Many of the computers controlling industrial systems are old and predate the consumer Internet. In the early digital days, this was touted as a security advantage. But companies, against the advice of hacking gurus, increasingly brought them online in the past decade as a way to add “smarts” to U.S. infrastructure. Often, they are connected directly to office computer networks, which are notoriously easy to breach.

These systems control the flow in pipelines, the movements of drawbridges and water releases from dams. A hacker could theoretically cause an explosion, a flood or a traffic jam.

The U.S. has more than 57,000 industrial-control systems connected to the Internet, more than any other country, according to researchers at Shodan, a search engine that catalogs each machine online. They range from office air-conditioning units to major pipelines and electrical-control systems.

Security experts say companies have done little to protect these systems from would-be hackers.

“Everything is being integrated, which is great, but it’s not very secure,” said Cesar Cerrudo, an Argentine researcher and chief technology officer at IOActive Labs, a security-consulting firm. At a hacker conference last year in Las Vegas, Mr. Cerrudo wowed the audience when he showed how he could manipulate traffic lights in major U.S. cities.

Operators of these systems “don’t think about security,” he said.

The threat of physical damage is real. Last winter, the German government said in a report that hackers broke into the control system at a domestic steel plant and caused “massive” damage to a blast furnace.

The U.S. and other governments use cyberweapons, too. In the early years of PresidentBarack Obama’s term, the U.S. and Israel used a sophisticated computer program to disable centrifuges at Iran’s nuclear facility at Natanz, according to former U.S. officials. The virus unintentionally self-replicated and spread to other networks, including systems atChevron Corp. Executives at the oil company said no damage occurred.

The Department of Homeland Security has publicly warned industrial companies since 2011 to be more judicious in how they connect these systems to the Internet. One 2014 missive said the devices are poorly protected, “further increasing the chances of both opportunistic and targeted” hacking attempts.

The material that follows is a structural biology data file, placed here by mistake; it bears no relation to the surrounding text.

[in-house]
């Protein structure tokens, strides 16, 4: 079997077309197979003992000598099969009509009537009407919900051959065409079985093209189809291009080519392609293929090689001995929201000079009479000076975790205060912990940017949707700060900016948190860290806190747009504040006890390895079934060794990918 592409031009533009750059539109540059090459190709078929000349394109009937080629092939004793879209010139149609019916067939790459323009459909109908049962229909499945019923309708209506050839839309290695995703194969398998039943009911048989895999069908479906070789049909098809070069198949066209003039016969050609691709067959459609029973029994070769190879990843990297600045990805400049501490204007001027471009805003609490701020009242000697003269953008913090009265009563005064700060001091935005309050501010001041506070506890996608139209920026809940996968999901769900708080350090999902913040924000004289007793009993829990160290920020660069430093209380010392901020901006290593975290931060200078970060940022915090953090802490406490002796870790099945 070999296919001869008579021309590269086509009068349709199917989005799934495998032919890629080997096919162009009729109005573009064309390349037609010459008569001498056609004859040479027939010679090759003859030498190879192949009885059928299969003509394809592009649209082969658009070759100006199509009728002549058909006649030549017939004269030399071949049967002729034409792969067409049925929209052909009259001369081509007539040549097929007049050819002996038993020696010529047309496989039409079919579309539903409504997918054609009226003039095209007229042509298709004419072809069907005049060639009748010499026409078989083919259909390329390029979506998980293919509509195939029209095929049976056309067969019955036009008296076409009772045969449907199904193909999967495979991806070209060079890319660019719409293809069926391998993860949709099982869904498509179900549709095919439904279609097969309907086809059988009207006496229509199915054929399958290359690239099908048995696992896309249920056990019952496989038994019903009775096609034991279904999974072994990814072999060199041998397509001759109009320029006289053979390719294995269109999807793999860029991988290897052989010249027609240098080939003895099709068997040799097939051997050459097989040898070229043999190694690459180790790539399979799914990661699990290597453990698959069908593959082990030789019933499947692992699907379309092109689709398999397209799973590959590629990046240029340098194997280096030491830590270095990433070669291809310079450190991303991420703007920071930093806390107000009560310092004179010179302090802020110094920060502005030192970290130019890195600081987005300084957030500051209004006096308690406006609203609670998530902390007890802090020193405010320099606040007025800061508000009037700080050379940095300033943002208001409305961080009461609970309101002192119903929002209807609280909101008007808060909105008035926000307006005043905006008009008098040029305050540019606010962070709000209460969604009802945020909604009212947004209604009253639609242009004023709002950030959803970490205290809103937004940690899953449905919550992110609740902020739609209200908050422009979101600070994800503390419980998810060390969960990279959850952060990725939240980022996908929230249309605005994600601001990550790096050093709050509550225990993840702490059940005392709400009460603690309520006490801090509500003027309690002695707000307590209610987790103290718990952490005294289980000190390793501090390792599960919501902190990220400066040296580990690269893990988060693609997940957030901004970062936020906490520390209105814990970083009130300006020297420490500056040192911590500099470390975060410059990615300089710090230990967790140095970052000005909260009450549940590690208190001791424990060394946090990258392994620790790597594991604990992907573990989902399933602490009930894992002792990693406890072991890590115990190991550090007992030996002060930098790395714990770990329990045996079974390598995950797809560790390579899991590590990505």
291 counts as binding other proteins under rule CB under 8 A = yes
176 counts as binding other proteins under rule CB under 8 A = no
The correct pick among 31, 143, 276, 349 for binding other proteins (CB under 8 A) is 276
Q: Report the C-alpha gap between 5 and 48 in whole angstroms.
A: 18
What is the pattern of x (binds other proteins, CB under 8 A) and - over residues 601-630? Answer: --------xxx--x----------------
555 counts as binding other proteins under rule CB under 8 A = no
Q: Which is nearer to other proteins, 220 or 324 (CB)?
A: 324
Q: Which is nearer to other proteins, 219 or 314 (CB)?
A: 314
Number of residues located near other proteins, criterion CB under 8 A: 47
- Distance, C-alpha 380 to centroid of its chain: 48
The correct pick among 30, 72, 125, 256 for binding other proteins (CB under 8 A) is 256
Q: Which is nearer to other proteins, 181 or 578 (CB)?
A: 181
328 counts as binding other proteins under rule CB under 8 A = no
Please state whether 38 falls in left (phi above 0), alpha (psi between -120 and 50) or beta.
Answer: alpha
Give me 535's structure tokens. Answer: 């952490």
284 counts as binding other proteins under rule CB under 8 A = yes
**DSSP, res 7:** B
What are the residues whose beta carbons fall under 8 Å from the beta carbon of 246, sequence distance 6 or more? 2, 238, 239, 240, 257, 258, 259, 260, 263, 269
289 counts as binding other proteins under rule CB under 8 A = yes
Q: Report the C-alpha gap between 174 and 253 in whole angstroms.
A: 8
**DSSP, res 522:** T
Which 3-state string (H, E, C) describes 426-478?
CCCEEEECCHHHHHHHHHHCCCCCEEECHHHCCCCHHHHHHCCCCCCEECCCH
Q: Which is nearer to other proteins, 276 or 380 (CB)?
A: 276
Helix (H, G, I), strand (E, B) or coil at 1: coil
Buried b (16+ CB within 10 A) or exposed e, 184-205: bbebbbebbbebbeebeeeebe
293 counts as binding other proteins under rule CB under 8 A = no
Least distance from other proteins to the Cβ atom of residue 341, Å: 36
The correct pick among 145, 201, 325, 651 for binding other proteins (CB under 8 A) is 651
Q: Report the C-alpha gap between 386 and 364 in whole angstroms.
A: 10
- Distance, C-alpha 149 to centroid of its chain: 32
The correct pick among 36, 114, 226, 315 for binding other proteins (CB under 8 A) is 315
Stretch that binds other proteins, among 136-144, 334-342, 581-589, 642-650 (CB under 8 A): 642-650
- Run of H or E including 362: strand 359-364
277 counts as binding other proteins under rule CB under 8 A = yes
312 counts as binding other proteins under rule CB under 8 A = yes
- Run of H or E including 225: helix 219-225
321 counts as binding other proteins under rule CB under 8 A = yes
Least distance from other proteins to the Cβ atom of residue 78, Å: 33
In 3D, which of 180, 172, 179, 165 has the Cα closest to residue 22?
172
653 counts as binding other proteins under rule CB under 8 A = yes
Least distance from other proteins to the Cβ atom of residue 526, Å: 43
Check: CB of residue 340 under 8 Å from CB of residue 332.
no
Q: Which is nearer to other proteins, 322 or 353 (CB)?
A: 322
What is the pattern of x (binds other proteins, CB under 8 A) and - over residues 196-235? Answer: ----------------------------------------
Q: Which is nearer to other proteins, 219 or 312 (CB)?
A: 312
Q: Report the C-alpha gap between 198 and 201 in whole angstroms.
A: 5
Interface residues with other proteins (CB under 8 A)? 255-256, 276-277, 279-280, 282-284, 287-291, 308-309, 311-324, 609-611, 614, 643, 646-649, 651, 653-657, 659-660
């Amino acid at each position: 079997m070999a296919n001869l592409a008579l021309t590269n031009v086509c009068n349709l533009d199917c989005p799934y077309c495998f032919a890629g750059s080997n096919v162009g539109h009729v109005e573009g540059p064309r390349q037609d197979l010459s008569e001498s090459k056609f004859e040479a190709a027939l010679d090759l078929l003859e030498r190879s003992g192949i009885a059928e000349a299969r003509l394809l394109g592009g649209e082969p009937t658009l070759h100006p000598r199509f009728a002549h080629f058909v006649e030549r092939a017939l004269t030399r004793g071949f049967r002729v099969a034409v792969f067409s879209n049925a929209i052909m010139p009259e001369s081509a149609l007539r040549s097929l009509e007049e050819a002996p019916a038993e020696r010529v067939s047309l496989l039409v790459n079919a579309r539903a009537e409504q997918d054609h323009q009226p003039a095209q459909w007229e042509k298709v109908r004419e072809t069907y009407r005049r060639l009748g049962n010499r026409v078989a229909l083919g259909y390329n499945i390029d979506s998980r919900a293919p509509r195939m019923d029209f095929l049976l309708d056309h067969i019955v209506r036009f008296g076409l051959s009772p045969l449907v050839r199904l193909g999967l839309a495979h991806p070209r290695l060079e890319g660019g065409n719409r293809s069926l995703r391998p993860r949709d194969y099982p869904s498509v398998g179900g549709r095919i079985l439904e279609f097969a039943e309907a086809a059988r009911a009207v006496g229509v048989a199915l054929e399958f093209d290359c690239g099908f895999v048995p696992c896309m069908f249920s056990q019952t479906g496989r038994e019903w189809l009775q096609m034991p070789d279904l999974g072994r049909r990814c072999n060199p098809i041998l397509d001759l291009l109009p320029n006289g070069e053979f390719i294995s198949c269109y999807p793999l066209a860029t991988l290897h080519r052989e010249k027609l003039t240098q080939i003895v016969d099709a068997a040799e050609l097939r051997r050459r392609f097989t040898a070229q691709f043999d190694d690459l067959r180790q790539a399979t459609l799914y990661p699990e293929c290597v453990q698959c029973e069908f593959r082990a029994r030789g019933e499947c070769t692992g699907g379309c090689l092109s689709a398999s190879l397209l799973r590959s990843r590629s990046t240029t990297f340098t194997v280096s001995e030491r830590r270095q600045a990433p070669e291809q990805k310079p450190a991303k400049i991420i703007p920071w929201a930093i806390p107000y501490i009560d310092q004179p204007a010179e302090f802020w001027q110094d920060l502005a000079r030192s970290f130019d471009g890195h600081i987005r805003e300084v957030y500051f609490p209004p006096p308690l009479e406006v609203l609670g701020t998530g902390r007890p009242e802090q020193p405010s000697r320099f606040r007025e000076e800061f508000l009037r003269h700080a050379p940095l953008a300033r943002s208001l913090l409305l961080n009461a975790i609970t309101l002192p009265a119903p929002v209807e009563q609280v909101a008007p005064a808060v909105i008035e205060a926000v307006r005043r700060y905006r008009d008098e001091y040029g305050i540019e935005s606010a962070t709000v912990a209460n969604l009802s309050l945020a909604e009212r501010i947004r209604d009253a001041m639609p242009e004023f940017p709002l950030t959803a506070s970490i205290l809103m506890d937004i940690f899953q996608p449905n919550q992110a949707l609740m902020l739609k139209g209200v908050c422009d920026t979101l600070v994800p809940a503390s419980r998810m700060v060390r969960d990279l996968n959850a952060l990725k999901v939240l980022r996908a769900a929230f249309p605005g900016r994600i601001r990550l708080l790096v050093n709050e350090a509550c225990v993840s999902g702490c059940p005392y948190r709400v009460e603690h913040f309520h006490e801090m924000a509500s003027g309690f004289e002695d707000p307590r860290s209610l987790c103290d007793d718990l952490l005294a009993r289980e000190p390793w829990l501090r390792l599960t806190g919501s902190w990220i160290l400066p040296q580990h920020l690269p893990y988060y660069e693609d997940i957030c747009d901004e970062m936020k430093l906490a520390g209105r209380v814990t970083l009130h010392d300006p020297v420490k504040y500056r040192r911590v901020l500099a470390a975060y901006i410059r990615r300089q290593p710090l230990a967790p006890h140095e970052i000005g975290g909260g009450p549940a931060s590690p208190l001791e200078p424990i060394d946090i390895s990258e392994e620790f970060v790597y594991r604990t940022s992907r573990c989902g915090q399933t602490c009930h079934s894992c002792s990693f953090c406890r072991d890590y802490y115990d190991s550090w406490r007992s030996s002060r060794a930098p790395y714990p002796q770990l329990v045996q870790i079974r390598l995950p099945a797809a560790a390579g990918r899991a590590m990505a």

For the 12 months ended Sept. 30, the department had received and responded to reports of 295 industrial-control-system hacking incidents, up from 245 for fiscal year 2014, according to agency statistics shared with The Wall Street Journal. The problem doesn’t appear to be getting better. In June, the department said a “critical infrastructure asset owner” who suspected a breach hadn’t kept records of devices on its network, hindering the investigation.

Most of the time, the hackers appear to be probing systems to see how they are laid out and where they can get in, investigators familiar with the incidents said.

The incident at the New York dam was a wake-up call for U.S. officials, demonstrating that Iran had greater digital-warfare capability than believed and could inflict real-world damage, according to people familiar with the matter. At a congressional hearing in February, Director of National Intelligence James Clapper called Iranian hackers “motivated and unpredictable cyber actors.” Iranian officials didn’t respond to a request for comment.

The 2013 dam hack highlighted another challenge for America’s digital defenses: the fog of cyberwar. Amid a mix of three-letter agencies, unclear Internet addresses and rules governing domestic surveillance, U.S. officials at first weren’t able to determine where the hackers had infiltrated, three of the people familiar with the incident said.

Hackers are believed to have gained access to the dam through a cellular modem, according to an unclassified Homeland Security summary of the case that doesn’t specify the type of infrastructure by name. Two people familiar with the incident said the summary refers to the Bowman Avenue Dam, a small structure used for flood control near Rye, N.Y.

Investigators said hackers didn’t take control of the dam but probed the system, according to people familiar with the matter.